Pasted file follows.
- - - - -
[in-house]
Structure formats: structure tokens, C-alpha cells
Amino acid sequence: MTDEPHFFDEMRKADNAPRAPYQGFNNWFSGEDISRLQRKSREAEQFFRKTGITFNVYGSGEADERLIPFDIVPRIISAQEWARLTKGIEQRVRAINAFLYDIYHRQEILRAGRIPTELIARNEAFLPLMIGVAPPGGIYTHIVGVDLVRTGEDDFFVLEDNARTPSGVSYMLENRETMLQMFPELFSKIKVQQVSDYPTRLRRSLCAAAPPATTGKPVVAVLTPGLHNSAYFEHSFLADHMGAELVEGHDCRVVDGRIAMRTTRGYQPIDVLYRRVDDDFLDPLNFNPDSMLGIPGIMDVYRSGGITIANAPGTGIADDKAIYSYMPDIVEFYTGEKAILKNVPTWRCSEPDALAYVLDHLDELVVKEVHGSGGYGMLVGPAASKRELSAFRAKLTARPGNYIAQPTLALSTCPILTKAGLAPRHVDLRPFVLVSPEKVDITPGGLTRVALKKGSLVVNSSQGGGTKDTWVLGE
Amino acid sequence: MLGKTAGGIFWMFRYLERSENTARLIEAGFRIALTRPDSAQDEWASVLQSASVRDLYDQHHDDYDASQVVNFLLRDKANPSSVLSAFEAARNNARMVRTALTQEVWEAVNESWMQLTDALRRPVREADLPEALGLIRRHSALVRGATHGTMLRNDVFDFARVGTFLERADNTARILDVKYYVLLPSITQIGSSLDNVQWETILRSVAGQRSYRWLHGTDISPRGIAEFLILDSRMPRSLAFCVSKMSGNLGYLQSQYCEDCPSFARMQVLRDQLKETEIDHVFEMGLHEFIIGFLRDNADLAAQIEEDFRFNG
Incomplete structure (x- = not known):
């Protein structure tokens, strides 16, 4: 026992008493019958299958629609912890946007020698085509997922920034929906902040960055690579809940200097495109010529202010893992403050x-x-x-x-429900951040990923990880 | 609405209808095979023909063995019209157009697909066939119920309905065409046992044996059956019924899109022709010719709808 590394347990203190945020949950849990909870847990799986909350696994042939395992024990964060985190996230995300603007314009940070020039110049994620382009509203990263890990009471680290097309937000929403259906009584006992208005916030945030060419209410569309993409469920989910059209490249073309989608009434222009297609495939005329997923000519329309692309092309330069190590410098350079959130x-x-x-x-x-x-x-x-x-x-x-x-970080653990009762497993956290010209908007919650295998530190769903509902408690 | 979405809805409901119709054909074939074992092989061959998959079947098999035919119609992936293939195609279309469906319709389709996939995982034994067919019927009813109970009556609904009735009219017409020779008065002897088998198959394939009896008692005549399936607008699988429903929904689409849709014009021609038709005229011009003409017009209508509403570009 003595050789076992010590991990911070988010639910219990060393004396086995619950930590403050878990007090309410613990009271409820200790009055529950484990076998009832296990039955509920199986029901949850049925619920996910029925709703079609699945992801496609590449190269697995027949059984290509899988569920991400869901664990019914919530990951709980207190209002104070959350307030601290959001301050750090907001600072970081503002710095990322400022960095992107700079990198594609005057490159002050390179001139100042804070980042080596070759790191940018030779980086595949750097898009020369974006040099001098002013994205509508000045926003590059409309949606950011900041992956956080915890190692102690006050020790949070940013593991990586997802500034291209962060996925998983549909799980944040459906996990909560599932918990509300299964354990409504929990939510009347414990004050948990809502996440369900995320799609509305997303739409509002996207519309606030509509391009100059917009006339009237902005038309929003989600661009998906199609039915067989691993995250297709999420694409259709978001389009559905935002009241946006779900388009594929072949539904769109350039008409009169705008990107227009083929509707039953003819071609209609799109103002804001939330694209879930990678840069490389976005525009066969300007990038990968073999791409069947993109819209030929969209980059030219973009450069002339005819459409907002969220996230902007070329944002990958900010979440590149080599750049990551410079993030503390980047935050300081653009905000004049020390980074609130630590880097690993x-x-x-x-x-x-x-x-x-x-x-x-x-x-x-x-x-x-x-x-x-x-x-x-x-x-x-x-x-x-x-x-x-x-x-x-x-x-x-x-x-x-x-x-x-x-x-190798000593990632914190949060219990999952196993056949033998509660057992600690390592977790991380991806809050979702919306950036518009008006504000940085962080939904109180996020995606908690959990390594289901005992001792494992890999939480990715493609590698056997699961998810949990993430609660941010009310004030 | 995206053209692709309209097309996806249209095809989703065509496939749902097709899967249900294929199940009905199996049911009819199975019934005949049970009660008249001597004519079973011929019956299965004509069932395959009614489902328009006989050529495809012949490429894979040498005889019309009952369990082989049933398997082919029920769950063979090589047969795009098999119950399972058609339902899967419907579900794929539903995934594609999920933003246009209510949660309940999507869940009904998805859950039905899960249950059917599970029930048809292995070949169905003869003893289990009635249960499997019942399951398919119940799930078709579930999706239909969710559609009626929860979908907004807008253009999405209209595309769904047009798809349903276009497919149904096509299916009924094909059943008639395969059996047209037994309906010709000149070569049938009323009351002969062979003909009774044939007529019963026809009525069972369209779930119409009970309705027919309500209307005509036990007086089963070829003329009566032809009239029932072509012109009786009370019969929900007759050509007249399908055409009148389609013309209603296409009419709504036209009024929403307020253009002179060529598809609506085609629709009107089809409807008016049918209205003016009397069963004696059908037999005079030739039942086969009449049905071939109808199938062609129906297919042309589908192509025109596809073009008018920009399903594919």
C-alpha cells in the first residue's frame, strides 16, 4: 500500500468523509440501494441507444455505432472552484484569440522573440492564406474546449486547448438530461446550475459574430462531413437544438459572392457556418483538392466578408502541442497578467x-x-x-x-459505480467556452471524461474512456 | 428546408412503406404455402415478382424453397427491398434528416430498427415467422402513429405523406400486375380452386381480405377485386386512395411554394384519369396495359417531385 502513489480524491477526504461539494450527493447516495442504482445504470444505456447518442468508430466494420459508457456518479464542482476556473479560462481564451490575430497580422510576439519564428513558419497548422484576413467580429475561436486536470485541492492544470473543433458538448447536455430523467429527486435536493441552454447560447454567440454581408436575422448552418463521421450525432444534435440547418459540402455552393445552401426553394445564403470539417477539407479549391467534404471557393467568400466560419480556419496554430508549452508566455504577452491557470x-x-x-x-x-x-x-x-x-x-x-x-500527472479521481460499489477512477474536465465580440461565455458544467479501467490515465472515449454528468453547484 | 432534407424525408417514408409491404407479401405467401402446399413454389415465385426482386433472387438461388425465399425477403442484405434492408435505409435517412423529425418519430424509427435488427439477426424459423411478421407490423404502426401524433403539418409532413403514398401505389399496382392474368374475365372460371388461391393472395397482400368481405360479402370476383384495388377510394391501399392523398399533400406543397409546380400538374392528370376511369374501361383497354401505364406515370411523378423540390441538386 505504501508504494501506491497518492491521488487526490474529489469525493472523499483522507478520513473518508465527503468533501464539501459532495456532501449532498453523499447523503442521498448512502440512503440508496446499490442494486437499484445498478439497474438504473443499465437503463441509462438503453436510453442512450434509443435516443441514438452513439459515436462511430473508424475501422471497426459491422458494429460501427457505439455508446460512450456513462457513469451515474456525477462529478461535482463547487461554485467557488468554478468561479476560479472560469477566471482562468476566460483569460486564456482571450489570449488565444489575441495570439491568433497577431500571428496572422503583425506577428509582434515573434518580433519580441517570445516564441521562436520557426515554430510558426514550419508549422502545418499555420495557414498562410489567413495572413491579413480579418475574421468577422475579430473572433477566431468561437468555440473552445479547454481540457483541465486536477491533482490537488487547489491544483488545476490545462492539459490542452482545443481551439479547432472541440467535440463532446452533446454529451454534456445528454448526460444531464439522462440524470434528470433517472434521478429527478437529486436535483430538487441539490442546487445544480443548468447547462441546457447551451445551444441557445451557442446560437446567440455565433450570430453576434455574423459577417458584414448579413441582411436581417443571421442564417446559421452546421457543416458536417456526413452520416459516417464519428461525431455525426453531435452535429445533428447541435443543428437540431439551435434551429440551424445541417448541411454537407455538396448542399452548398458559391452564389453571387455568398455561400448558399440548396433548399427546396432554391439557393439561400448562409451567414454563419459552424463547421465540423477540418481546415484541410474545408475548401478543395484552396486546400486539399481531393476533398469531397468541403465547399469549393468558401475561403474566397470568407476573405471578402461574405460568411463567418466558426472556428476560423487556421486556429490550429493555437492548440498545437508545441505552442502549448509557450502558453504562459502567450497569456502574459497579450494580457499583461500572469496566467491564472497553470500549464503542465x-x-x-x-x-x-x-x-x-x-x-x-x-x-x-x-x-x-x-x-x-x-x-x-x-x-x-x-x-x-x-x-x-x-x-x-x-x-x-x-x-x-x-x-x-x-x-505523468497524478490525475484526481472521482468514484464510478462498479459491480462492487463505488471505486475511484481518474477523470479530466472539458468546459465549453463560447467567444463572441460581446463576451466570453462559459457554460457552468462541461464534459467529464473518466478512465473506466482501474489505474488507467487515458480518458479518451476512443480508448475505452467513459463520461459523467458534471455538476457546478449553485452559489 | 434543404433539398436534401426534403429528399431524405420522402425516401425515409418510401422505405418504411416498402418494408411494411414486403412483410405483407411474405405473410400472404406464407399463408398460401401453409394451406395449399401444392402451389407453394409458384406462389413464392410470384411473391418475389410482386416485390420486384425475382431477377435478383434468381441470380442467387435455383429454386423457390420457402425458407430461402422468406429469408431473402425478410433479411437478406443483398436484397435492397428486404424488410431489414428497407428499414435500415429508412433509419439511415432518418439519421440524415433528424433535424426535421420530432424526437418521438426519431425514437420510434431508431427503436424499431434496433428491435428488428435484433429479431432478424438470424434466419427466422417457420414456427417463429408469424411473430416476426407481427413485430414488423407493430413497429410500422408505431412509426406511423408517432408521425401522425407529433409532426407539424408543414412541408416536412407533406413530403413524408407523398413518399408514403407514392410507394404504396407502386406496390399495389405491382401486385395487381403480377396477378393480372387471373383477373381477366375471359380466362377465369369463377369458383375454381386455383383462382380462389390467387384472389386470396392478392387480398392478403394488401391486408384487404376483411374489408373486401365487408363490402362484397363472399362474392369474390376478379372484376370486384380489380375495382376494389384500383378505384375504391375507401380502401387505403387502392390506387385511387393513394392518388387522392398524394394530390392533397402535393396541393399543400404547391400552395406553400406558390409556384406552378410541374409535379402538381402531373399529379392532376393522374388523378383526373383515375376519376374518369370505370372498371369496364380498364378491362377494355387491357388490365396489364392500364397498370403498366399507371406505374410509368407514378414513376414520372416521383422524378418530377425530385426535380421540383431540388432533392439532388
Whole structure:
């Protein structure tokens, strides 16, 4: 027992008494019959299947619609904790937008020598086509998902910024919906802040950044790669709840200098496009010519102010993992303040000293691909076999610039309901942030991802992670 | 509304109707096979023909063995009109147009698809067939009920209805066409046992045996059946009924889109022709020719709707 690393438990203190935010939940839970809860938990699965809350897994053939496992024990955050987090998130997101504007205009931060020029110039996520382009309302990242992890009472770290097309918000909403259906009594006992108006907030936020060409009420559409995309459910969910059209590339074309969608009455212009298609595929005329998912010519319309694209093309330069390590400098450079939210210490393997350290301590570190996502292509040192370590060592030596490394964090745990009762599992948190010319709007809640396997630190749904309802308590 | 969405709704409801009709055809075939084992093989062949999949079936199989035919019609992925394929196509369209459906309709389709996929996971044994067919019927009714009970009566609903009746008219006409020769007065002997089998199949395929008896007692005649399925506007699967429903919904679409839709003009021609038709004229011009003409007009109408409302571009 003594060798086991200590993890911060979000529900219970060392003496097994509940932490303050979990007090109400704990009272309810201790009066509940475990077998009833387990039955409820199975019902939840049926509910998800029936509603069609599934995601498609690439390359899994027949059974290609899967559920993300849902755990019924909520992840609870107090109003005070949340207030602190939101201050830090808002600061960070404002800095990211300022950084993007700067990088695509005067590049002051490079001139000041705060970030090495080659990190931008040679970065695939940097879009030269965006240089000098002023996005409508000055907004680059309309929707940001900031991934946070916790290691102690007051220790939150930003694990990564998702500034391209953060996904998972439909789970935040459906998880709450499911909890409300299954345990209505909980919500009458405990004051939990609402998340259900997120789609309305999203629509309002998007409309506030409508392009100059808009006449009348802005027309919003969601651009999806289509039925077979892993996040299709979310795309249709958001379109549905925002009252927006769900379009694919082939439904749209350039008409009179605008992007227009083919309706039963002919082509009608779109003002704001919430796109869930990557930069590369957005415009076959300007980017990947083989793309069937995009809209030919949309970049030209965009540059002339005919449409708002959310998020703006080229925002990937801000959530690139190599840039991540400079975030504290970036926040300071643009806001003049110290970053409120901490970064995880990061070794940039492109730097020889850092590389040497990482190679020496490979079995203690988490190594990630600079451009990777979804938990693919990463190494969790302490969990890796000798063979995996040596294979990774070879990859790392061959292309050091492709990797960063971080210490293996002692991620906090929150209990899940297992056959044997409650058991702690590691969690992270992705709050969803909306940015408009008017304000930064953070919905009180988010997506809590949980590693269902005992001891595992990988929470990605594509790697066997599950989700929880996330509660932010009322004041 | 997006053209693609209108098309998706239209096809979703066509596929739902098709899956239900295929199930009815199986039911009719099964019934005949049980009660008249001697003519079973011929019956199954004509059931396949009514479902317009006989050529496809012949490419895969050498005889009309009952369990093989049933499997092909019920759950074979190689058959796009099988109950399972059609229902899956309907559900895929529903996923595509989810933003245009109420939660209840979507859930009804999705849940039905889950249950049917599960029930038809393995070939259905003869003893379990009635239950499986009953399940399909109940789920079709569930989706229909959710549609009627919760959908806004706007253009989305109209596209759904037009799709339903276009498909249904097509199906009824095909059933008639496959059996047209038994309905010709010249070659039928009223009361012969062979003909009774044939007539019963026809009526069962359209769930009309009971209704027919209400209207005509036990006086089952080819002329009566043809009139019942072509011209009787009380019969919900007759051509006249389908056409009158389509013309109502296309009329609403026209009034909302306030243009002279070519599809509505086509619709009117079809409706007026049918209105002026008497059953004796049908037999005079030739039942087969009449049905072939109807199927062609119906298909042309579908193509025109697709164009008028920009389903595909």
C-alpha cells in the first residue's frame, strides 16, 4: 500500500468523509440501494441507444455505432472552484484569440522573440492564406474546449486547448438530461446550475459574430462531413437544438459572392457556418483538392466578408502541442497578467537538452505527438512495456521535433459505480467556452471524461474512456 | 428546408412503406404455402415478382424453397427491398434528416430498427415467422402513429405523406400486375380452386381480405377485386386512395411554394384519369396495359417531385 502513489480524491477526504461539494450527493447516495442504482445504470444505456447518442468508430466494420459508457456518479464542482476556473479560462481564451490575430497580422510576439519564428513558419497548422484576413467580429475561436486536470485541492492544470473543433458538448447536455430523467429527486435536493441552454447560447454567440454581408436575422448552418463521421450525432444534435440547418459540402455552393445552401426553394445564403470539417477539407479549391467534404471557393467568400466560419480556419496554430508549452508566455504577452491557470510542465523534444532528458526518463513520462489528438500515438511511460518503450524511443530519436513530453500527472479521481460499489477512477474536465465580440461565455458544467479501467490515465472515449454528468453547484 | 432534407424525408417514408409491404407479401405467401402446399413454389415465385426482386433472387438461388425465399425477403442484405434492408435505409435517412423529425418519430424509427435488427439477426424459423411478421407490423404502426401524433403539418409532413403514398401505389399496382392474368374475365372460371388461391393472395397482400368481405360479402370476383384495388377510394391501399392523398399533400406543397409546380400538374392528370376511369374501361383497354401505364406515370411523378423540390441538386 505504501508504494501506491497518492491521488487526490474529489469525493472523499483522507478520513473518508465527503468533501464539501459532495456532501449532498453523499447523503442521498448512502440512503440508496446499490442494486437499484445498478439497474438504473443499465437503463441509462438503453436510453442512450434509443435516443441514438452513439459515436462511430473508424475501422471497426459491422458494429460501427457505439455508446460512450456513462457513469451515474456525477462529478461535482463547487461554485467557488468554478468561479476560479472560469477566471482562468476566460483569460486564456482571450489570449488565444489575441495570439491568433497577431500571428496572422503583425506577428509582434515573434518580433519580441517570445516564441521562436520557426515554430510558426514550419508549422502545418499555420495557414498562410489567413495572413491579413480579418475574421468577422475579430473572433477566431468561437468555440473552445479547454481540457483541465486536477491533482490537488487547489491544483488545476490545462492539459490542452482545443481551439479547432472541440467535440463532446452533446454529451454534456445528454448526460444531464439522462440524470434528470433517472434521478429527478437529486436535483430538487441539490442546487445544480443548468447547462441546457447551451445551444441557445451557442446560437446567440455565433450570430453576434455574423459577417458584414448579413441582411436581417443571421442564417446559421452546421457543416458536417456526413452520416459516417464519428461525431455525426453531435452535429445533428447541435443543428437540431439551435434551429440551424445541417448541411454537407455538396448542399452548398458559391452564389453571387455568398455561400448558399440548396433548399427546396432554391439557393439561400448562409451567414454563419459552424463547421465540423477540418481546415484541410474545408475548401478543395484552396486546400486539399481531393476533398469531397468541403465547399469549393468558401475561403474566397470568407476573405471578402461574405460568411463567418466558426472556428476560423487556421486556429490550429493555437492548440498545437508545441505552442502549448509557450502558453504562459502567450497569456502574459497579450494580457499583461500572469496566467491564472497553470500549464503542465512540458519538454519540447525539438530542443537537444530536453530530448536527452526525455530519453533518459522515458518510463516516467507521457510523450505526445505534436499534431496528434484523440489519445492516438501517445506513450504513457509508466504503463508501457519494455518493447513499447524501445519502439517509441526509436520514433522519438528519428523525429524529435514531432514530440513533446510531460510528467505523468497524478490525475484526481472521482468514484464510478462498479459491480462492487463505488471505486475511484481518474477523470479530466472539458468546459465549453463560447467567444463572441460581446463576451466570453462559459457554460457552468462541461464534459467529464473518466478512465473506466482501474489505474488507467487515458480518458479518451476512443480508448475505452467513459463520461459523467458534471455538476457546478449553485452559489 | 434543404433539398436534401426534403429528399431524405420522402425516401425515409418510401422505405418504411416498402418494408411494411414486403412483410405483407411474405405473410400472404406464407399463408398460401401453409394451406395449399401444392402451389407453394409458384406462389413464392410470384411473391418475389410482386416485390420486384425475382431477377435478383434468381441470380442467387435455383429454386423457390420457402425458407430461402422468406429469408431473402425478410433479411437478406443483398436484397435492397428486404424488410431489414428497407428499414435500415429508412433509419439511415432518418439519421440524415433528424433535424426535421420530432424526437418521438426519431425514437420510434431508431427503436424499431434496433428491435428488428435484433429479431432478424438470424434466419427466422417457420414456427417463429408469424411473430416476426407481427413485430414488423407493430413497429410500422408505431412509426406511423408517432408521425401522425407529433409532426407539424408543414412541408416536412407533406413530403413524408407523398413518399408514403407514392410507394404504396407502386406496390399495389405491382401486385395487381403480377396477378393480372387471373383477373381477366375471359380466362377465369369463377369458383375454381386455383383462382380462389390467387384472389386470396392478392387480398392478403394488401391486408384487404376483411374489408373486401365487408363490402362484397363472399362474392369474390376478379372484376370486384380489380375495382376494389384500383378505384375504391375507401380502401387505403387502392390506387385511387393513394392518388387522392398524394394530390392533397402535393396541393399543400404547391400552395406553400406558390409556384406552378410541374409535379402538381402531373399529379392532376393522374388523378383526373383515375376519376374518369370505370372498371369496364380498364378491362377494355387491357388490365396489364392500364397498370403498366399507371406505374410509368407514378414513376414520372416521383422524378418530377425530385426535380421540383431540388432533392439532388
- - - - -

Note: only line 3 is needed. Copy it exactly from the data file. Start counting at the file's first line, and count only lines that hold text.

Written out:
Amino acid sequence: MTDEPHFFDEMRKADNAPRAPYQGFNNWFSGEDISRLQRKSREAEQFFRKTGITFNVYGSGEADERLIPFDIVPRIISAQEWARLTKGIEQRVRAINAFLYDIYHRQEILRAGRIPTELIARNEAFLPLMIGVAPPGGIYTHIVGVDLVRTGEDDFFVLEDNARTPSGVSYMLENRETMLQMFPELFSKIKVQQVSDYPTRLRRSLCAAAPPATTGKPVVAVLTPGLHNSAYFEHSFLADHMGAELVEGHDCRVVDGRIAMRTTRGYQPIDVLYRRVDDDFLDPLNFNPDSMLGIPGIMDVYRSGGITIANAPGTGIADDKAIYSYMPDIVEFYTGEKAILKNVPTWRCSEPDALAYVLDHLDELVVKEVHGSGGYGMLVGPAASKRELSAFRAKLTARPGNYIAQPTLALSTCPILTKAGLAPRHVDLRPFVLVSPEKVDITPGGLTRVALKKGSLVVNSSQGGGTKDTWVLGE